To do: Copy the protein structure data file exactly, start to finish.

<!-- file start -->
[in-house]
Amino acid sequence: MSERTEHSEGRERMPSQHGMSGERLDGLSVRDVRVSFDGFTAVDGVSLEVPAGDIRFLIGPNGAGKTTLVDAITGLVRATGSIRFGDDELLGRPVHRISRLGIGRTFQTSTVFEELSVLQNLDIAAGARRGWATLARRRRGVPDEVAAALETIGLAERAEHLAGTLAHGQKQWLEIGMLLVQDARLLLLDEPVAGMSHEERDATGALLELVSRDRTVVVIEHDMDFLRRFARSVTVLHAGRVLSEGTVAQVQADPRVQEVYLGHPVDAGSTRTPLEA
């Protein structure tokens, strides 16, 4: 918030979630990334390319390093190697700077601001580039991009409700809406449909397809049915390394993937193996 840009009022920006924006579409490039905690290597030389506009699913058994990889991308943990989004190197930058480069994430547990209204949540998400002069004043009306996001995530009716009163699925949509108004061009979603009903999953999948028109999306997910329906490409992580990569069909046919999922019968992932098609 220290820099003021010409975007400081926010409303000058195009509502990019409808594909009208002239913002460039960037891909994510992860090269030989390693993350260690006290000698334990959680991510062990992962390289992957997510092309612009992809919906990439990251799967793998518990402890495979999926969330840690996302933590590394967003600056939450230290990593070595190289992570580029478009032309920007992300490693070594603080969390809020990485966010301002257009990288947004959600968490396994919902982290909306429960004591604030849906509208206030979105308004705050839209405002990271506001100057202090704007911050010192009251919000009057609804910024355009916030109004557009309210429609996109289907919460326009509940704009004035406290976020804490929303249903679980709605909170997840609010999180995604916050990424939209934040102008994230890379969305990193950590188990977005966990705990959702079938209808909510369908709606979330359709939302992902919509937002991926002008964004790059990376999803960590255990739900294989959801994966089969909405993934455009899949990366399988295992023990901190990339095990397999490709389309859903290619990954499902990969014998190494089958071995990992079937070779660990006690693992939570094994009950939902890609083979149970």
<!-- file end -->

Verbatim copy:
[in-house]
Amino acid sequence: MSERTEHSEGRERMPSQHGMSGERLDGLSVRDVRVSFDGFTAVDGVSLEVPAGDIRFLIGPNGAGKTTLVDAITGLVRATGSIRFGDDELLGRPVHRISRLGIGRTFQTSTVFEELSVLQNLDIAAGARRGWATLARRRRGVPDEVAAALETIGLAERAEHLAGTLAHGQKQWLEIGMLLVQDARLLLLDEPVAGMSHEERDATGALLELVSRDRTVVVIEHDMDFLRRFARSVTVLHAGRVLSEGTVAQVQADPRVQEVYLGHPVDAGSTRTPLEA
């Protein structure tokens, strides 16, 4: 918030979630990334390319390093190697700077601001580039991009409700809406449909397809049915390394993937193996 840009009022920006924006579409490039905690290597030389506009699913058994990889991308943990989004190197930058480069994430547990209204949540998400002069004043009306996001995530009716009163699925949509108004061009979603009903999953999948028109999306997910329906490409992580990569069909046919999922019968992932098609 220290820099003021010409975007400081926010409303000058195009509502990019409808594909009208002239913002460039960037891909994510992860090269030989390693993350260690006290000698334990959680991510062990992962390289992957997510092309612009992809919906990439990251799967793998518990402890495979999926969330840690996302933590590394967003600056939450230290990593070595190289992570580029478009032309920007992300490693070594603080969390809020990485966010301002257009990288947004959600968490396994919902982290909306429960004591604030849906509208206030979105308004705050839209405002990271506001100057202090704007911050010192009251919000009057609804910024355009916030109004557009309210429609996109289907919460326009509940704009004035406290976020804490929303249903679980709605909170997840609010999180995604916050990424939209934040102008994230890379969305990193950590188990977005966990705990959702079938209808909510369908709606979330359709939302992902919509937002991926002008964004790059990376999803960590255990739900294989959801994966089969909405993934455009899949990366399988295992023990901190990339095990397999490709389309859903290619990954499902990969014998190494089958071995990992079937070779660990006690693992939570094994009950939902890609083979149970």